No distinction between an opera house and a factory.
Judgment was handed down today following an eight day High Court trial in this case, which is likely to have major implications for the performance of live music throughout the UK and is a case without precedent.
Mr Goldscheider was a viola player in the Orchestra of the Royal Opera House. He alleged that whilst participating in a rehearsal for a Wagner opera in September 2012, he suffered from “acoustic shock” in the right ear despite wearing earplugs with 25dB attenuation provided by his employer.
Hearing damage claims are common from heavy industry and those for acoustic shock are more commonly seen in call centre operators. The music industry has been treated somewhat differently with the implementation of the 2005 Control of Noise at Work Regulations (which no longer give rise to civil liability after 1 October 2013 and the Enterprise Regulatory Reform Act (2013)) being deferred by two years, as rather than the sound being an unwanted by-product of a process, music is the product itself and the quality of that product is central, hence, the challenges faced by the music industry in maintaining the quality of the product whilst protecting the health and wellbeing of the musicians.
The Royal Opera House was well aware of the risks posed by exposure to performance sound, having worked closely with the HSE to produce “Sound Advice” the guidance for control of noise at work in the music and entertainment sector. It has experimented with numerous sound absorption and reflection products over the years, but by far the most effective protection was for the musicians to wear individual earplugs whenever the music was loud and they did not need to hear the subtlety and nuance of the sound being produced. Mr Goldscheider was familiar with the opera being rehearsed and had marked his score to show when there were loud sections so that he ensured he was wearing his hearing protection.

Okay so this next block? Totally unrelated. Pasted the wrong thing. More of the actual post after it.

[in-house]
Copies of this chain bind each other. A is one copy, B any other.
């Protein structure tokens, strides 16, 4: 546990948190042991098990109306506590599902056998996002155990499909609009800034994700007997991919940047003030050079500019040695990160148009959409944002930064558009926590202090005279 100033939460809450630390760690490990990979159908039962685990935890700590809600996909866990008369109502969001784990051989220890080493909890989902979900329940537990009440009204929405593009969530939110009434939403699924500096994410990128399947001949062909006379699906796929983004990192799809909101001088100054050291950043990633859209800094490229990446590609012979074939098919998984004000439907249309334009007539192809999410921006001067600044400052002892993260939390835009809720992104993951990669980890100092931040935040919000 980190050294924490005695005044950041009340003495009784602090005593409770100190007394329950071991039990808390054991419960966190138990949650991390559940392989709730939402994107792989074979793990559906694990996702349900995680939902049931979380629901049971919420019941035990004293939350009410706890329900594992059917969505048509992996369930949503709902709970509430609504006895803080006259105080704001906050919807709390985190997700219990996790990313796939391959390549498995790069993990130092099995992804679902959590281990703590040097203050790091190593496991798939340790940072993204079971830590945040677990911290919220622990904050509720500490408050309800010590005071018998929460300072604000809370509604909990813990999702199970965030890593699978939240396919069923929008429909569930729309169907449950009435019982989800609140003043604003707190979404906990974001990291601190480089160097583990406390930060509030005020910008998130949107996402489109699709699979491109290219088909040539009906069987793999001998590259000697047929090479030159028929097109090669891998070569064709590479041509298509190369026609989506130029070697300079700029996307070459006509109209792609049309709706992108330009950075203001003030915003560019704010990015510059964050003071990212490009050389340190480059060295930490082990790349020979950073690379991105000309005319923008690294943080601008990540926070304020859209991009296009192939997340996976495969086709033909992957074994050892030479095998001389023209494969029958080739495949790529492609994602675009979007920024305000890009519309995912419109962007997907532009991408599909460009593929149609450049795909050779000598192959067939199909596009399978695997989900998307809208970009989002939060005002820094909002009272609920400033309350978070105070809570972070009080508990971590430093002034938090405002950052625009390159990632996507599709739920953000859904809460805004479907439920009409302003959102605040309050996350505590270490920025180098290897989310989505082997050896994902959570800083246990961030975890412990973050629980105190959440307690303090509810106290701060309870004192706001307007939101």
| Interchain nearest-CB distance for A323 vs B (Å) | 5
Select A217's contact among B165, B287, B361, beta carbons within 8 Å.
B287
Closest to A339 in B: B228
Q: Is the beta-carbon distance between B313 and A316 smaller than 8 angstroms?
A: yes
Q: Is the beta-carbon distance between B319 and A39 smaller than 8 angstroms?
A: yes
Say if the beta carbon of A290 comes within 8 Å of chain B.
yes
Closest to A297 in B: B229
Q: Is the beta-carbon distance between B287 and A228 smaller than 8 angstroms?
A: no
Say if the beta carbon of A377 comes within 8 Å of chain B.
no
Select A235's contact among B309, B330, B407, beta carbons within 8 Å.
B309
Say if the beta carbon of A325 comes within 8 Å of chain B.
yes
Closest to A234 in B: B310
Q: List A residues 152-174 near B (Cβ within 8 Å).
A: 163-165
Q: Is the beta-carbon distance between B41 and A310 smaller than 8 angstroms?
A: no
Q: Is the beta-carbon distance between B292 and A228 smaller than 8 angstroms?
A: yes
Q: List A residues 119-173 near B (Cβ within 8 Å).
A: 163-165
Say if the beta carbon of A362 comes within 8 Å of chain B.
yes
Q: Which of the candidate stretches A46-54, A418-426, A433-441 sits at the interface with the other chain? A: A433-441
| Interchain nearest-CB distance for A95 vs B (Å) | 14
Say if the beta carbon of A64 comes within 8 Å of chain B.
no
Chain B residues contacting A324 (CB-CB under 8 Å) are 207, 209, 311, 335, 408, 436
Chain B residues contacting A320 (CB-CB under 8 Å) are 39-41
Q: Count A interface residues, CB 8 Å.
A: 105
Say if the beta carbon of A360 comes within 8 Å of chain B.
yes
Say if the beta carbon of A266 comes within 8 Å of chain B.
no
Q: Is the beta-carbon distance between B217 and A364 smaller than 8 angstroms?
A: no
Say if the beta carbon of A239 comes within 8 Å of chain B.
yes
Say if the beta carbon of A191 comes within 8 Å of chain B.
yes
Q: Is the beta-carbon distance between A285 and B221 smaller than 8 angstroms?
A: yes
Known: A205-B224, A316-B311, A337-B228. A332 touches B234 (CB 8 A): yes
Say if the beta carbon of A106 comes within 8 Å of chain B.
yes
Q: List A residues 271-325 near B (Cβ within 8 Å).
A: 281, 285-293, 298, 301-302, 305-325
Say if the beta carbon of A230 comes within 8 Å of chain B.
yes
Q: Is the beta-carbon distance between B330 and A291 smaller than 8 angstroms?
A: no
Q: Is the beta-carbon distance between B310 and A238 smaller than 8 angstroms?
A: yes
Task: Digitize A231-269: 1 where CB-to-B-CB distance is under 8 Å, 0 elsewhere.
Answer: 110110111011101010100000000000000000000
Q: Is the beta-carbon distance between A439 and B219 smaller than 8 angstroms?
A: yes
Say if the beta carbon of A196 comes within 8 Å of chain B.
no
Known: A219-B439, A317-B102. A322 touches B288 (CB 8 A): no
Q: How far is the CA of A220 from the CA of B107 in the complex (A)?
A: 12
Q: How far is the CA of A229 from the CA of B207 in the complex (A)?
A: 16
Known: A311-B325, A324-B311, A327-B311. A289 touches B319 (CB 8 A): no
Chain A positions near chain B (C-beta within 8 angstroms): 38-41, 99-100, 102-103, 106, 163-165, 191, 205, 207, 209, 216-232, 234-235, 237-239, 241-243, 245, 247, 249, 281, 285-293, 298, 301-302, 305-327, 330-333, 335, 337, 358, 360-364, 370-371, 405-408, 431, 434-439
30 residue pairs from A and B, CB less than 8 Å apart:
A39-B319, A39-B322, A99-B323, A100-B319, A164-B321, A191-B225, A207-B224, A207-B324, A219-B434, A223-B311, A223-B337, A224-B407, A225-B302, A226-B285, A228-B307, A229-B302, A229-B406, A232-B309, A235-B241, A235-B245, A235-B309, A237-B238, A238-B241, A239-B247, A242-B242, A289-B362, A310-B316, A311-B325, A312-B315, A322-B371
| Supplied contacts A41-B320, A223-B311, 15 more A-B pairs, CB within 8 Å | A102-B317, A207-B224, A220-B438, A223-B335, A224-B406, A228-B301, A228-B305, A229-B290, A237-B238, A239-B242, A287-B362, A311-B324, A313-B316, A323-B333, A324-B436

The protection provided and worn reduced his exposure to below the level at which the defendant believed injury was reasonably foreseeable. Despite this, it was suggested that further measures should have been implemented such as making the orchestra pit a compulsory hearing protection zone at all times, eliminating the noise at source (the instruments themselves), expanding the grade 1 orchestra pit (at a cost of £50million loss of revenue for the benefit of less than a single decibel reduction in sound) or to move the orchestra out of the Royal Opera House completely despite the key duties under the 2005 Regulations being qualified by the test of reasonable practicability.
It was also the claimant’s case that measurement of sound levels should have been undertaken when completing the risk assessment and during the rehearsals the day before the alleged injury occurred, despite the nature of rehearsals being such that a typical noise level could never be established.
The Compensation Act 2006 was also relied upon by the defence, which allows the court to take into account the demands of a desirable activity when considering the level of the standard of care required to be taken, and the effect on artistic input that would result in, for example, fewer musicians playing at a lower level, and having to wear hearing protection 100 per cent of the time. A finding for the claimant, if allowed to stand, is likely to have significant consequences for the music industry (in particular orchestras) nationwide, and their ability to employ musicians and produce music true to the original score, and so this judgment has been keenly awaited by the UK music and entertainment industry.